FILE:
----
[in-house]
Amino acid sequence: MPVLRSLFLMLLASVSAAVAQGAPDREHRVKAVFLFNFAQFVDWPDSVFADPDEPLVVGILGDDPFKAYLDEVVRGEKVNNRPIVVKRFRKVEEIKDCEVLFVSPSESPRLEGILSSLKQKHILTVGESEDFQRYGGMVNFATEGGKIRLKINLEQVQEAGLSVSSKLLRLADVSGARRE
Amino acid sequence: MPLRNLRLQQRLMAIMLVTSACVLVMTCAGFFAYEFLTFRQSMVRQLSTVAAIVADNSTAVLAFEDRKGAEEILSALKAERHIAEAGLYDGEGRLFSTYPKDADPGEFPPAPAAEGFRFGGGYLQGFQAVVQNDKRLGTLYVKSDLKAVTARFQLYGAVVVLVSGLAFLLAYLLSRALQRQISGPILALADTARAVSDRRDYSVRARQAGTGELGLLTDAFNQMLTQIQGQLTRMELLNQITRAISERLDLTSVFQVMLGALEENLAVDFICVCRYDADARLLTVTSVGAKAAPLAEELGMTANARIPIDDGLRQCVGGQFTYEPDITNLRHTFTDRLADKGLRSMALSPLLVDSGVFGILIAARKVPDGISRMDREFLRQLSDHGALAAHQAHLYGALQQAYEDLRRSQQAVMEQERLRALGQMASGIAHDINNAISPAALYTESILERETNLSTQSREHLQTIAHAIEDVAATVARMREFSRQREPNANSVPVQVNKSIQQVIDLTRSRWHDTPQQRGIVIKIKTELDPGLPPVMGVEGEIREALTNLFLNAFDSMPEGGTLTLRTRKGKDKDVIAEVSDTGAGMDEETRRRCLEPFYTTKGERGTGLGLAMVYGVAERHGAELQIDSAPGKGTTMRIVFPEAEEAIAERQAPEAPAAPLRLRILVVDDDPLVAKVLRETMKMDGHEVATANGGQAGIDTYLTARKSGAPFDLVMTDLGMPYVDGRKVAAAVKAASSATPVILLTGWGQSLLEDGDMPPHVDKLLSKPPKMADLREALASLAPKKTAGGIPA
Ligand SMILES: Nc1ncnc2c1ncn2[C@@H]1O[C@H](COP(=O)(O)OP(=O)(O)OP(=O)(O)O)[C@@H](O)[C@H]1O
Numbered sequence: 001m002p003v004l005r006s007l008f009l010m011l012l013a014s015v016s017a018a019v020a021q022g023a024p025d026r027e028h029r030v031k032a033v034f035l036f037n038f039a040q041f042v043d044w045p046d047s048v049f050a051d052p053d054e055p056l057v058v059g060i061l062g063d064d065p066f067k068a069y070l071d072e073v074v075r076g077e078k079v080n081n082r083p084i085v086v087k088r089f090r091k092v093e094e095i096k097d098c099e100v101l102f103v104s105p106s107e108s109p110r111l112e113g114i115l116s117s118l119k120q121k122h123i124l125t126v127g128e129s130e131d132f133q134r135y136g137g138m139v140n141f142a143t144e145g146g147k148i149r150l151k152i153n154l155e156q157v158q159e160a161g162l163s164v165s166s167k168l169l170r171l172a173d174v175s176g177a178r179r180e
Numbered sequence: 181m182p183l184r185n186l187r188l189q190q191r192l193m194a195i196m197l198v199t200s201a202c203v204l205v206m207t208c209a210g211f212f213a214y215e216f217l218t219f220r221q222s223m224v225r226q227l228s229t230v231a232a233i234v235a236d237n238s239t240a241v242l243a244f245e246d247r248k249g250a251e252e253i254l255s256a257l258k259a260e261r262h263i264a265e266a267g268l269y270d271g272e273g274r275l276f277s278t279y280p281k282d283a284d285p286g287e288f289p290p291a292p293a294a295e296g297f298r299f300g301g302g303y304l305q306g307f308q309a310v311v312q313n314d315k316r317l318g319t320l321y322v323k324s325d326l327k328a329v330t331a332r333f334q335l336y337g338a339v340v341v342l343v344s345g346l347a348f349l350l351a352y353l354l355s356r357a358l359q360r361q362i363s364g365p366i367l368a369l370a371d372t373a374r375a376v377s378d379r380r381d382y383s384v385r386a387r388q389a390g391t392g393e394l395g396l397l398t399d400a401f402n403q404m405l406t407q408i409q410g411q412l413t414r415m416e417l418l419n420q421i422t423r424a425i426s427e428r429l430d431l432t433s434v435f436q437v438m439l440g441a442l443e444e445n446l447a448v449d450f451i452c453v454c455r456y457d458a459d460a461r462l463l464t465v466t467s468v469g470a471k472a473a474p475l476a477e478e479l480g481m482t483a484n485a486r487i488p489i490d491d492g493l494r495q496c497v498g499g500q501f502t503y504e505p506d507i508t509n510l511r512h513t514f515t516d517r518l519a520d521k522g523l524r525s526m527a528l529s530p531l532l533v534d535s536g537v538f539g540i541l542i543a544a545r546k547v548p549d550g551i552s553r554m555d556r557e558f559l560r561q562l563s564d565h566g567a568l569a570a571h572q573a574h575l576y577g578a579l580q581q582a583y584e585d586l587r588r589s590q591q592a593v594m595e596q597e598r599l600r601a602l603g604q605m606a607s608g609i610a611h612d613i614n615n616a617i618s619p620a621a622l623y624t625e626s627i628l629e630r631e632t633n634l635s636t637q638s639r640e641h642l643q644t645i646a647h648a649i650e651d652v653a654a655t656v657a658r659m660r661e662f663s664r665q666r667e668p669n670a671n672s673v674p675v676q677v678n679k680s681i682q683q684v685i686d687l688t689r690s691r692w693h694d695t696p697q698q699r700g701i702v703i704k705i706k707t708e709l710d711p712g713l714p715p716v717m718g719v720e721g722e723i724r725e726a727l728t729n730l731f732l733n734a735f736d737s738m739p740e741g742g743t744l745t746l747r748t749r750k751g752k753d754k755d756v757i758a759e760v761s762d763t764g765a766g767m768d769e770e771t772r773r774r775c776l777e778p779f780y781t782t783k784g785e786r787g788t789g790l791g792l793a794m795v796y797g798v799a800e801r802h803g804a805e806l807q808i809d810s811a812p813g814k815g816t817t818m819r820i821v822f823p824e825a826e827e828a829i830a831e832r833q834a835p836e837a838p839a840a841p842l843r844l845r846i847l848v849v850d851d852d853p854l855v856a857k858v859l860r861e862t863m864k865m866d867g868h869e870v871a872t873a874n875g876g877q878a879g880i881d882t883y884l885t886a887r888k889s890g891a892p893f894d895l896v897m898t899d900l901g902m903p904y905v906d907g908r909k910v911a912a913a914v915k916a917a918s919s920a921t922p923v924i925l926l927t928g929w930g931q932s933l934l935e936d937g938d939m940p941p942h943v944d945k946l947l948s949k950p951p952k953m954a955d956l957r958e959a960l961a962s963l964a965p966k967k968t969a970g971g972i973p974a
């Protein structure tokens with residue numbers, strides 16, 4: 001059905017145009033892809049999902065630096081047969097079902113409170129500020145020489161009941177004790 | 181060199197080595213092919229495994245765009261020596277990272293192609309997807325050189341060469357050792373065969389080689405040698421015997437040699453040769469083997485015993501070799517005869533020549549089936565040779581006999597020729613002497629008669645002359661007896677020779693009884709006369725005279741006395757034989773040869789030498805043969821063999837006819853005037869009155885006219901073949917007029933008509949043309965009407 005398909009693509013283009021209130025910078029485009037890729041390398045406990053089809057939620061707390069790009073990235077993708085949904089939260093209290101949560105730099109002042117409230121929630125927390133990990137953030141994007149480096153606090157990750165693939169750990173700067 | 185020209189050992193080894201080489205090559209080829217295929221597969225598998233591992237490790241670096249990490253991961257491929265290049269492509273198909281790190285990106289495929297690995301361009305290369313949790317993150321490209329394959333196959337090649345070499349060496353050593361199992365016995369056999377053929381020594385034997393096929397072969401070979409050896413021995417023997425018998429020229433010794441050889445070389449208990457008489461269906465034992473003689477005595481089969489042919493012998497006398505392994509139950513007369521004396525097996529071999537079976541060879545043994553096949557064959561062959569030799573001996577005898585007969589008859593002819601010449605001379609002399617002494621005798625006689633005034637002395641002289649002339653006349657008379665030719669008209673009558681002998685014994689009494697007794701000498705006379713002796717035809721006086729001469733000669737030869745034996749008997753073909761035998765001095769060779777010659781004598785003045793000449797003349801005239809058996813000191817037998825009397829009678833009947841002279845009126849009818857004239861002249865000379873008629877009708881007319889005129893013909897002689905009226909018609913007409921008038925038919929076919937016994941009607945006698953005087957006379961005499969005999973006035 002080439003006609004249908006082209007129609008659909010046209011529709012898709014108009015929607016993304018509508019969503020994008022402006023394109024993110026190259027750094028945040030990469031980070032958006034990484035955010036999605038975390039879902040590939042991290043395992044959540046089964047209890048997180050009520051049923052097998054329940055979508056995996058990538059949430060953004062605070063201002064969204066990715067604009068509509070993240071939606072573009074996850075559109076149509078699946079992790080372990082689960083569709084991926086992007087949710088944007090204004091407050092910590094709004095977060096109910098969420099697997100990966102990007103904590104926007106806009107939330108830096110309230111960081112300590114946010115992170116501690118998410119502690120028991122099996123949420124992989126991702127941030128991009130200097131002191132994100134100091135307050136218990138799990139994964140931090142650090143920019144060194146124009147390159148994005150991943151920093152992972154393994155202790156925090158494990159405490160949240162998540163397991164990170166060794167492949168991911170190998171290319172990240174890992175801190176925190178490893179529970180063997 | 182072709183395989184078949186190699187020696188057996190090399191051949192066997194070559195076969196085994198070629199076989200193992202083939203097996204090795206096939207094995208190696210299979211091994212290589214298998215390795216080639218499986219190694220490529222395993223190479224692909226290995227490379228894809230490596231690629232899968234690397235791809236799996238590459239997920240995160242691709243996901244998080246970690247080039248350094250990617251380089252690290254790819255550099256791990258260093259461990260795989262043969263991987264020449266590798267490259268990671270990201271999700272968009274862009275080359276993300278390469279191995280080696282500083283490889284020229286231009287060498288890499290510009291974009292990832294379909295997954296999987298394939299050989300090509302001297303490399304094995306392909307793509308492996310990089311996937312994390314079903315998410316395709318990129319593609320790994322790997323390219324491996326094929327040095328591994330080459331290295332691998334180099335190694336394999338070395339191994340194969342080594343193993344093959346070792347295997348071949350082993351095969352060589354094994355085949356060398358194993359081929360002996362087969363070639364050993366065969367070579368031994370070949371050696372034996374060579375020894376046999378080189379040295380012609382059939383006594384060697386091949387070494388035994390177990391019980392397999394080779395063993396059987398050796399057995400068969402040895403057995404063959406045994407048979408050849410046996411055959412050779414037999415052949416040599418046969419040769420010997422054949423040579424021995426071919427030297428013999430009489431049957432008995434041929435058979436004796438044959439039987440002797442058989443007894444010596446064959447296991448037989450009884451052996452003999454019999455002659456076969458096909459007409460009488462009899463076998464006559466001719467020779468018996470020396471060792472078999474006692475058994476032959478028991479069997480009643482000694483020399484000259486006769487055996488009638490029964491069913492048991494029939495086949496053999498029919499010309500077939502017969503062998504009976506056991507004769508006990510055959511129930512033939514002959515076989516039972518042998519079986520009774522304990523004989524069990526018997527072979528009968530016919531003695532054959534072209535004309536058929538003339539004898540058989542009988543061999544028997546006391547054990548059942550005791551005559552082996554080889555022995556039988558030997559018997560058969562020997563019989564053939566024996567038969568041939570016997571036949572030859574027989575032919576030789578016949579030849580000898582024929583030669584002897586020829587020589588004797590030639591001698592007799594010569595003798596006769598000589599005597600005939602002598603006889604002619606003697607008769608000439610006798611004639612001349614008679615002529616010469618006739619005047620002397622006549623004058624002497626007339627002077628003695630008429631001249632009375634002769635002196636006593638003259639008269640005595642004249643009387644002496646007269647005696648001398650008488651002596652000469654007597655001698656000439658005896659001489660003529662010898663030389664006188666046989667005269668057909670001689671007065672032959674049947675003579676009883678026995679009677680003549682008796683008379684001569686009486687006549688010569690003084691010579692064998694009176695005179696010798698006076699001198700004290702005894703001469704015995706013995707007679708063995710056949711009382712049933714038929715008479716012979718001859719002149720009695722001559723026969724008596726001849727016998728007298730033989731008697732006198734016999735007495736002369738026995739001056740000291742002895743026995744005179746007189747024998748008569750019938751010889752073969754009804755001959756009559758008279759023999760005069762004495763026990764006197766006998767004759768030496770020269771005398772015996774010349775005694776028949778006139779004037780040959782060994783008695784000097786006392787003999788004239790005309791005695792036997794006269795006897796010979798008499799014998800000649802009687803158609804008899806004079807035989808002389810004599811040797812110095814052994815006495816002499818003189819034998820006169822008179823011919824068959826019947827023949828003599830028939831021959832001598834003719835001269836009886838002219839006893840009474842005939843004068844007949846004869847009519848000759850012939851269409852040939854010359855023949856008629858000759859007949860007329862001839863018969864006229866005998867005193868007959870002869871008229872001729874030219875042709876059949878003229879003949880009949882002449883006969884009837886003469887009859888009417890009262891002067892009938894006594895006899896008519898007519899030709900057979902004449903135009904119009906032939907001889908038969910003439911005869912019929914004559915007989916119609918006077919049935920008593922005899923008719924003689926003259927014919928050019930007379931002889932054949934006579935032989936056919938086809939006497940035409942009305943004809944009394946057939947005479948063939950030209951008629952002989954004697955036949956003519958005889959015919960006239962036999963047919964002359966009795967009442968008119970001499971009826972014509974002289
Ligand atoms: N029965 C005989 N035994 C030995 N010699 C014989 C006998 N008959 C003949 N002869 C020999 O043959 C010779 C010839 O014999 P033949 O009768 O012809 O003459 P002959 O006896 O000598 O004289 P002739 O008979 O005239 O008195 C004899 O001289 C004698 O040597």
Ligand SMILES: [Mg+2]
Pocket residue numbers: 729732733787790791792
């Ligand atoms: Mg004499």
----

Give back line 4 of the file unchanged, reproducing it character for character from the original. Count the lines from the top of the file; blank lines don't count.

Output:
Ligand SMILES: Nc1ncnc2c1ncn2[C@@H]1O[C@H](COP(=O)(O)OP(=O)(O)OP(=O)(O)O)[C@@H](O)[C@H]1O